"I've noticed that some of my definite original shrinkwrapped Infocom stuff (Hitchhiker's, Stationfall, Lurking Horror, Arthur) has a tiny hole in the plastic, usually a perfect circle the size of a pencil eraser, in the front and back. Some C64 folders and a Trinity (which I'm not sure is new) just have the hole in front. Maybe this little air hole was a byproduct of older shrinkwrap machines used in manufacturing. Maybe this is a sign of original wrap. I have a definite rewrapped Stationfall that has no holes, so maybe the smaller machines software dealers use don't create this... However, I'm not sure if all original wrapped Infocom games had the holes. I have a Bureaucracy and a [Solid] Gold Zork I with Sears price tags that don't seem to have any holes at all, and a couple other wrapped games that look really mint and new under the wrap but have no holes (Ballyhoo, Hollywood Hijinx). However, if I find a game with the telltale hole present on front and back (or maybe even just front), I would be convinced that it is in the original wrap."

Interesting theory, Eric, and one that deserves to be put to the test. My collection is still an awful mess, but I hope to have it organized by next update and will present my own findings regarding shrinked Infocoms. If anyone else has the time to inventory theirs too, it'd be most appreciated. Of course as you say, Infocom probably didn't wrap all copies of a particular package the same way, and there's no guarantee some reseller doesn't have a machine that puts in the little holes. But it is something else to check for when appraising a so-called "shrinkwrapped" package.

Is collecting shrinkwraps worth all the trouble? Depends on your POV as a collector, I suppose. In over-the-Net transactions, there's always the nagging uncertainty whether the game is a genuine unopened package. The only reason I'm into this is that, in the Infocom arena, there's not much more to add to my collection besides shrinkwraps and ultra-rare items. My two-opened-titles-for-one-shrinkwrapped-title offer is still on, BTW, so LMK if you have any spare shrinkwraps. Just keep in mind I am paranoid about all this and will probably want to inspect the packages personally before committing to a trade. (I'll pay shipping, of course.)

Collector-Oriented Website of the Month

Starting this month I'd like to dedicate a bit of the column to a webpage that I think would be of interest to game-collectors. If you know any good ones, drop me a line.

My pick this month is MagicTree.com, built by the original founder of Penguin Software. (Thanks to TomMage for pointing me to it.) Before changing their name to Polarware, Penguin did several parser games, including Crimson Crown, Ring Quest and Transylvania, and also some strategy titles. Their releases under the Polarware name included repackagings of Crimson Crown and Transylvania, the new title Talisman, and the graphical version of Sentient's Oo-Topos, by Michael and Muffy (M.M. McClung) Berlyn.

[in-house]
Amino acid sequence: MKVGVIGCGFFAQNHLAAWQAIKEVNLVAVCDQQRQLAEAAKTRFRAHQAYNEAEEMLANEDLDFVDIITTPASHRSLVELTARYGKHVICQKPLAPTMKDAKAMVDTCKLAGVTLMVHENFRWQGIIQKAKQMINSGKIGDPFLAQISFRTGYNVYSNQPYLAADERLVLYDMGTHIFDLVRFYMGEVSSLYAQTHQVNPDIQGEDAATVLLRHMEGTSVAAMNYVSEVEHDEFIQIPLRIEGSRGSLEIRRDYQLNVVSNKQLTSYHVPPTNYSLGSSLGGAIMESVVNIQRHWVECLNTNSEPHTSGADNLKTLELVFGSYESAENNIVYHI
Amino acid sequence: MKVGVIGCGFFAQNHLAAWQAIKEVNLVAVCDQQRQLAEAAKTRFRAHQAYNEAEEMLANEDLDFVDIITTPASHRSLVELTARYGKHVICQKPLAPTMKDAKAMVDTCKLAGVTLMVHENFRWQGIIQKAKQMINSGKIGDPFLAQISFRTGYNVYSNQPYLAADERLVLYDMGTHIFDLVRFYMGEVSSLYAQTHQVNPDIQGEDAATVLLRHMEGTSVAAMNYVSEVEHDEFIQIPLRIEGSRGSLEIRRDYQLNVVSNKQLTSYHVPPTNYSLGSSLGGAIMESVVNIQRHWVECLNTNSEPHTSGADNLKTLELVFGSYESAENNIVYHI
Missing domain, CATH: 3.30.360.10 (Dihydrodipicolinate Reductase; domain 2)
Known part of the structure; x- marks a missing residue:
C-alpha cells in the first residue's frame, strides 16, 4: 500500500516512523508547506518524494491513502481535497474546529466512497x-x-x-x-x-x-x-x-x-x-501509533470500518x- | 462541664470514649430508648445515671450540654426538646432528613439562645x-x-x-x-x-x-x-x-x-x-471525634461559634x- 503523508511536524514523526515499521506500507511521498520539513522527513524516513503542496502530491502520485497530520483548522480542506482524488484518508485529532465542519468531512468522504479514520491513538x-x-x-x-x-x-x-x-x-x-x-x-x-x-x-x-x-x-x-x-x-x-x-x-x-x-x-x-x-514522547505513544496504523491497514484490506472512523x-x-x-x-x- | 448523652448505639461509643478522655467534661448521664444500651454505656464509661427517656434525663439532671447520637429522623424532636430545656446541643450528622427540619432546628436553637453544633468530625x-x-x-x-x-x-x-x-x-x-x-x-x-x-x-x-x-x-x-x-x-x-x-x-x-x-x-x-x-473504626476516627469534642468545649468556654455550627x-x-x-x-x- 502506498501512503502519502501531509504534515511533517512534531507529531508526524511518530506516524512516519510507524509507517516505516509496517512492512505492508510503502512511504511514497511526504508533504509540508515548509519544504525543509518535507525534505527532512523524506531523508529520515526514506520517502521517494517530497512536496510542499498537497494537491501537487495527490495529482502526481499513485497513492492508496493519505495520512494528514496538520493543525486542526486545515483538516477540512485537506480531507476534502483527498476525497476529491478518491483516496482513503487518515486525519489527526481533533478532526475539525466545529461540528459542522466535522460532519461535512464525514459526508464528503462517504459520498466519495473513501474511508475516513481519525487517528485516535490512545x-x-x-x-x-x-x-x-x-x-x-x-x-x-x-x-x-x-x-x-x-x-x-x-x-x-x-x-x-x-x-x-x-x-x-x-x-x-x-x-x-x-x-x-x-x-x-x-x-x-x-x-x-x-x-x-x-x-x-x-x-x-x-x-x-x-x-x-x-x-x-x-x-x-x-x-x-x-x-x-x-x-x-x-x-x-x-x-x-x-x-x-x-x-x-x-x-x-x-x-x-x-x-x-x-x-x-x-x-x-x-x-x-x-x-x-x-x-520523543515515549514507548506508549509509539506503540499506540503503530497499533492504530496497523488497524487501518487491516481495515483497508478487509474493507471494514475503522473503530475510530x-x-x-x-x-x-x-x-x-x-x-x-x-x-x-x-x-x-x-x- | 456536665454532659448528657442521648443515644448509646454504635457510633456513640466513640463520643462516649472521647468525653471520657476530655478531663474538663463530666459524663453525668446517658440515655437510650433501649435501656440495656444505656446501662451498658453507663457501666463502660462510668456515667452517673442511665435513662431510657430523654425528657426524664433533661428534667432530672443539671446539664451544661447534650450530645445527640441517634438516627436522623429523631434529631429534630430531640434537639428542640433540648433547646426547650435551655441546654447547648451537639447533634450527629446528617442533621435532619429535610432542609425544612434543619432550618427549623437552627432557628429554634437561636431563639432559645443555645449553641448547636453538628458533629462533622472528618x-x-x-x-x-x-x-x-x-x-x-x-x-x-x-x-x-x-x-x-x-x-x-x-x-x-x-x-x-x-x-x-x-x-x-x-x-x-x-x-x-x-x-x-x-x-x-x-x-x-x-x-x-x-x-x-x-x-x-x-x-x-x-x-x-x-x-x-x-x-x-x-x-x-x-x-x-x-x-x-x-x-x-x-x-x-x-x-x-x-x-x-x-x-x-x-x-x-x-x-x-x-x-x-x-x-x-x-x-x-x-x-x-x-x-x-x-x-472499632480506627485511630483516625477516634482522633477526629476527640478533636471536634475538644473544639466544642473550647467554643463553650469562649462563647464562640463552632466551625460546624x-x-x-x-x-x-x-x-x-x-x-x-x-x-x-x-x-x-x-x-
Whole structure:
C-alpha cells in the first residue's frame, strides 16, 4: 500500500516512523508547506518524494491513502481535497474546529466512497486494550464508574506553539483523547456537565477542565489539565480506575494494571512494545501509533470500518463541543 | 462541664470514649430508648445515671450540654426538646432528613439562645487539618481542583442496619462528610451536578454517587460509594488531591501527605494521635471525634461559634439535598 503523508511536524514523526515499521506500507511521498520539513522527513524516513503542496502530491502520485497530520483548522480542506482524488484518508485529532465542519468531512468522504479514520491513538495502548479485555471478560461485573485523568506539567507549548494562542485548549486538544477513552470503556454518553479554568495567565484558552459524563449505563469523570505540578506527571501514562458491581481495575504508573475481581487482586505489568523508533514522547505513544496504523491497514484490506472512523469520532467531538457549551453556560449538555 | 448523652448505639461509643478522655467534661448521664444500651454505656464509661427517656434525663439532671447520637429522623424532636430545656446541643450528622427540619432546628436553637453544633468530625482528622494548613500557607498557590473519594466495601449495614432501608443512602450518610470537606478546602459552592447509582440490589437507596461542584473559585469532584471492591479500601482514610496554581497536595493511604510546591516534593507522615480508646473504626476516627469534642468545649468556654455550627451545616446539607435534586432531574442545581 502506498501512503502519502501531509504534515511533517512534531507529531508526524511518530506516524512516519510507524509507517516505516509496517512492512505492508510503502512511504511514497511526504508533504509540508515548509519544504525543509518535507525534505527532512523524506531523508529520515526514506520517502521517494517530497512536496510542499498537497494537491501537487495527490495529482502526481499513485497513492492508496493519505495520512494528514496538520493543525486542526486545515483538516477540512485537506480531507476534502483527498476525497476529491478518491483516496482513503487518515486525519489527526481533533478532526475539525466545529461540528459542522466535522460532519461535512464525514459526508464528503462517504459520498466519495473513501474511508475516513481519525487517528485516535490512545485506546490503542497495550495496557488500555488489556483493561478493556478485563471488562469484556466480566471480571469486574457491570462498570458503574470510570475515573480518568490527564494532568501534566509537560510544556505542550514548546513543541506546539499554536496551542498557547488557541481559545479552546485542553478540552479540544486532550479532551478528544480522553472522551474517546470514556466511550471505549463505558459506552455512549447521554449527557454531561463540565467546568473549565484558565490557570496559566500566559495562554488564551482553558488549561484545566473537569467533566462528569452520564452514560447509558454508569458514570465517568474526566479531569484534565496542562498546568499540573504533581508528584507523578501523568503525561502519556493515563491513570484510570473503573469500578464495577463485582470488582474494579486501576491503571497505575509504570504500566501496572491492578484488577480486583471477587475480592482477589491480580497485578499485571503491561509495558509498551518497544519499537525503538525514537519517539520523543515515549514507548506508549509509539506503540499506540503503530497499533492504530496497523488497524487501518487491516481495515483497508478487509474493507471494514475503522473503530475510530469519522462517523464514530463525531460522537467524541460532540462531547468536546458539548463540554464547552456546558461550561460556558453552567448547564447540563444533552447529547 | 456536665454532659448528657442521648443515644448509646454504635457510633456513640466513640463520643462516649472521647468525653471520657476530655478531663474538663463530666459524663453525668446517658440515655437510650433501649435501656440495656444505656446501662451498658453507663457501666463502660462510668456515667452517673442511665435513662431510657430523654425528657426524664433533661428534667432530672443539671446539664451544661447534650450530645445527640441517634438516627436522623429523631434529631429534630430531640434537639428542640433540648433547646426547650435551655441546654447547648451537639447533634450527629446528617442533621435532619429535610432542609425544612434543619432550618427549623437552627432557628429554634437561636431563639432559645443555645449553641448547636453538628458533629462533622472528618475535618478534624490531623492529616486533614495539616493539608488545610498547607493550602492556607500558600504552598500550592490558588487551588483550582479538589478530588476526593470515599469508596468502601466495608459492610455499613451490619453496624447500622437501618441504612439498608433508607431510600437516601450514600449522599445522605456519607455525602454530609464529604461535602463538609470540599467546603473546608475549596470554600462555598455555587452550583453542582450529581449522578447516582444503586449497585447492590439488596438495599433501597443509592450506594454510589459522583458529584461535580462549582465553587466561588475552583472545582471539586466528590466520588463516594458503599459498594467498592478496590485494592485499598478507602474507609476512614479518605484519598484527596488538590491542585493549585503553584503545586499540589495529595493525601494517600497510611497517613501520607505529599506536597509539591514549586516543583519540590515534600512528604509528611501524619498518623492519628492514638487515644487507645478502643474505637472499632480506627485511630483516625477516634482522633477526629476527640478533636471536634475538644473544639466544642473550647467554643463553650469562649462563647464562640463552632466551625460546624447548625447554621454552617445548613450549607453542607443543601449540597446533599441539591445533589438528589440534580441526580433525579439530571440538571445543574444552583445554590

The site includes a complete history of Penguin as well as downloadable versions of all their releases except Transylvania and Crimson Crown. Check it out.

New This Month

A few complete folios, a couple of Synapse / Broderbund Electronic Novels, a couple of Firebird Level 9 releases, a small stack of grey boxes. Not as much as the last two updates, but it's only been a month so whadya expect?

I know last month I had to turn quite a few people down on Infocom greys, since my stock was bought out so quickly. If you're having trouble getting a grey, give TomMage a mail. He's got a ton of extras, far more than I do at the moment, and his prices are very reasonable. Got a cool Ultima page to boot (except can we lose the music, Tom?)

Unordered but available: Anybody need any of the Temple of Apshai games, the Might and Magic series, Magic Candle, Gemstone Warrior by SSI, Darkhorn by Avalon Hill, or the non-Ultima releases by Origin? If so I can get 'em for you, just let me know. I'm reluctant to order more at the moment, because the non-IF content of the Shoppe is so high right now. Remember, they're cheap and shipping's on me this month, so buy up!

Collector's Blight, Revisited

Oh, and just for closure, I did finally get my copy of Michael Berlyn's Blight. So the any-Shoppe-item offer in exchange has expired. I'll still offer you a trade, though, as I know some other people who are interested in obtaining this extremely-hard-to-find title. Just to refresh: "Mark Sonders" is the correct pseudonym. It's paperback, black cover with red letters and the author's name in white, with a picture of a moth with blood on one of its wings.

I have a theory, maybe those of you with used book stores in your area can help me test it... Since the cover seems to indicate a horror novel instead of sci-fi, I suspect many used book dealers might be filing Blight on the horror shelves instead of with Berlyn's other books. Check this out on your next visit and let me know if you run across any, will you? Haven't found any in my area yet, but I haven't checked Bloomington-Normal recently.

I haven't had time to sit down and see if it's a good read in addition to being a good collector's item. Judging from its limited print run and absence from all book lists everywhere, my expectations aren't high.

After all, as the G.U.E. Tech motto in The Lurking Horror says, "Omne Ignotum Pro Magnifico" (whatever the hell THAT means!)...